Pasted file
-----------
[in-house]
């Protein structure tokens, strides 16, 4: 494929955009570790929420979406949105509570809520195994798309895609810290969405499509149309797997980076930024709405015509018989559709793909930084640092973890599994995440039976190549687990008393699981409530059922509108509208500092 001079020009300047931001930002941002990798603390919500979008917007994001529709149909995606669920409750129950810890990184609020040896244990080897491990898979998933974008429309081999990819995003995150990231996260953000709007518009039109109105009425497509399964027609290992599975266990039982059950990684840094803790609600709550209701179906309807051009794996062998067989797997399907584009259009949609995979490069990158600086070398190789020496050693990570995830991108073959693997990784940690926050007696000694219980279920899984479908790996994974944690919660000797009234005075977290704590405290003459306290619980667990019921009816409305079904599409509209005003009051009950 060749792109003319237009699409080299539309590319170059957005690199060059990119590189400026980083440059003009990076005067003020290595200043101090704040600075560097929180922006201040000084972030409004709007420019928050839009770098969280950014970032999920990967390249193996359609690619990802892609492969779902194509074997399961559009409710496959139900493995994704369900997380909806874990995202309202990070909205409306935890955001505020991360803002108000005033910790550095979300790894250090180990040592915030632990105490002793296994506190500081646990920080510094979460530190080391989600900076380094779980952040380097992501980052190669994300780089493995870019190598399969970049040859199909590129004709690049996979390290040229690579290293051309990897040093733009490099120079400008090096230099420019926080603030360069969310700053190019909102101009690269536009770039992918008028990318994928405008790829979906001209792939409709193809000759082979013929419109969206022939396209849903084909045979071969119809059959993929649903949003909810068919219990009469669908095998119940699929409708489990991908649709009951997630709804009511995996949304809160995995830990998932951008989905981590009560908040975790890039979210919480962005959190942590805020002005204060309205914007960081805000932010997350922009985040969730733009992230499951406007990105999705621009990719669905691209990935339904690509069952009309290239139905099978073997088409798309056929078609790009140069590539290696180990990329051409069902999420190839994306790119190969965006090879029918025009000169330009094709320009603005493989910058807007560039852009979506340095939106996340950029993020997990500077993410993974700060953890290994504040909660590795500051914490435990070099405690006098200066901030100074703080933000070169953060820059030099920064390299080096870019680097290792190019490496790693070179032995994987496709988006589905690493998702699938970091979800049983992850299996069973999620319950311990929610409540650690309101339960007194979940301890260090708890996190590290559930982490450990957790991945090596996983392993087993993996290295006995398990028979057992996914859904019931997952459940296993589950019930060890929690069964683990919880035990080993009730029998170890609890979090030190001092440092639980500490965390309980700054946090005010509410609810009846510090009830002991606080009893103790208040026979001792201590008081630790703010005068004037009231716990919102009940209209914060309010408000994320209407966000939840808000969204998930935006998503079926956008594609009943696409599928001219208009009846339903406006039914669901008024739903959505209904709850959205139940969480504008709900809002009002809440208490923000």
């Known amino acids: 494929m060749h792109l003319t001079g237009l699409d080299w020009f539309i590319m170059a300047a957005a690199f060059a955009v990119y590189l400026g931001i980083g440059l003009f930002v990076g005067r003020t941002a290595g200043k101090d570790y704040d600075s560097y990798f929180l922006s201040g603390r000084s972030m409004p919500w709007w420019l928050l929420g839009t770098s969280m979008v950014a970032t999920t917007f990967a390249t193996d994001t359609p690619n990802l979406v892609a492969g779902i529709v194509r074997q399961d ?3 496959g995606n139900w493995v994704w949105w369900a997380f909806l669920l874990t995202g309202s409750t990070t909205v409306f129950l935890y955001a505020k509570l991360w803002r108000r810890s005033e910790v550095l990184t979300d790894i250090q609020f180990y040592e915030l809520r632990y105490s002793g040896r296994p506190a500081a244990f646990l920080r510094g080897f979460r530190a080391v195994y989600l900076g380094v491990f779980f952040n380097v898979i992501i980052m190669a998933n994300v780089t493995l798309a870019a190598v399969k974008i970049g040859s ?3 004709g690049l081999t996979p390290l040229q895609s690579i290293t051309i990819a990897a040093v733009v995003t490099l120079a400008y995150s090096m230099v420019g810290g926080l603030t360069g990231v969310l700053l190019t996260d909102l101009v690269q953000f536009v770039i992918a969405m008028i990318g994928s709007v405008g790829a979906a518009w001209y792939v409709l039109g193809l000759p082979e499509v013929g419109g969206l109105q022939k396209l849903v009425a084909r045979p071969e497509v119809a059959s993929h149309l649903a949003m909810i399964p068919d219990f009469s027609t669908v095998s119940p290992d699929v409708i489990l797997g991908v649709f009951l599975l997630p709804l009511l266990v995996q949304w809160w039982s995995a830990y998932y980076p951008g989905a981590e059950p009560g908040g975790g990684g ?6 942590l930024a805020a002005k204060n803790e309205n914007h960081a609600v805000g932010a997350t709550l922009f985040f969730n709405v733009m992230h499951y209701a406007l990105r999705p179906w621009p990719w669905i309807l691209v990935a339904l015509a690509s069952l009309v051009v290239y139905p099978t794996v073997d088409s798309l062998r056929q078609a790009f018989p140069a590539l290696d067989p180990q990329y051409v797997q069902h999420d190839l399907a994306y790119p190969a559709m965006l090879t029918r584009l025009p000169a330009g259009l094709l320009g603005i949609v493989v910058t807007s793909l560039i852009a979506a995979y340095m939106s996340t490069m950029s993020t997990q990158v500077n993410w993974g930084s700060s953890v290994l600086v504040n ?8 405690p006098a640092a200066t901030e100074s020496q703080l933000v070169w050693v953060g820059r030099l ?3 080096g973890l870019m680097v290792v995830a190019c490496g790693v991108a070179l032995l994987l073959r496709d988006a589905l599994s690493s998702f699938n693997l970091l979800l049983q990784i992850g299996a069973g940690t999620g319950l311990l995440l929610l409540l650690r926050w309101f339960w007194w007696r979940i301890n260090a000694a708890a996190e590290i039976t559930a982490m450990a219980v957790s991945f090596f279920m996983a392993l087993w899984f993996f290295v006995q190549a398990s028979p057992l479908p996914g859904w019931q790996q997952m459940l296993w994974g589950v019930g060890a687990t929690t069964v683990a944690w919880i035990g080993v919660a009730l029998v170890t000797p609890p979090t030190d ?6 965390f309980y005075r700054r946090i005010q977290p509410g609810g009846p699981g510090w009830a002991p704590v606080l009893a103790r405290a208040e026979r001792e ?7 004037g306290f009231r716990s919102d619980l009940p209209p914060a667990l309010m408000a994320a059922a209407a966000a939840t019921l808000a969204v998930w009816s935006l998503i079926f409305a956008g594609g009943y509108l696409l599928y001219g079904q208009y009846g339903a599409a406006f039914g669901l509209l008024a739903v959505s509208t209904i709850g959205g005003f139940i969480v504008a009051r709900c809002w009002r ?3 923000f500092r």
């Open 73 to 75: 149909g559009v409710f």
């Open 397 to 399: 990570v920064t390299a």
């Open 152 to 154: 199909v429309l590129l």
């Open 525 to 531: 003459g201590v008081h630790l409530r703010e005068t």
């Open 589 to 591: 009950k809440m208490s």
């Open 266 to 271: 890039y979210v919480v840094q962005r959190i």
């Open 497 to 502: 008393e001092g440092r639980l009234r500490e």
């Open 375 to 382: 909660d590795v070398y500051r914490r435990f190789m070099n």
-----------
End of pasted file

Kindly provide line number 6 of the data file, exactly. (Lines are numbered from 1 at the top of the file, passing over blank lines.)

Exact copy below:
């Open 152 to 154: 199909v429309l590129l």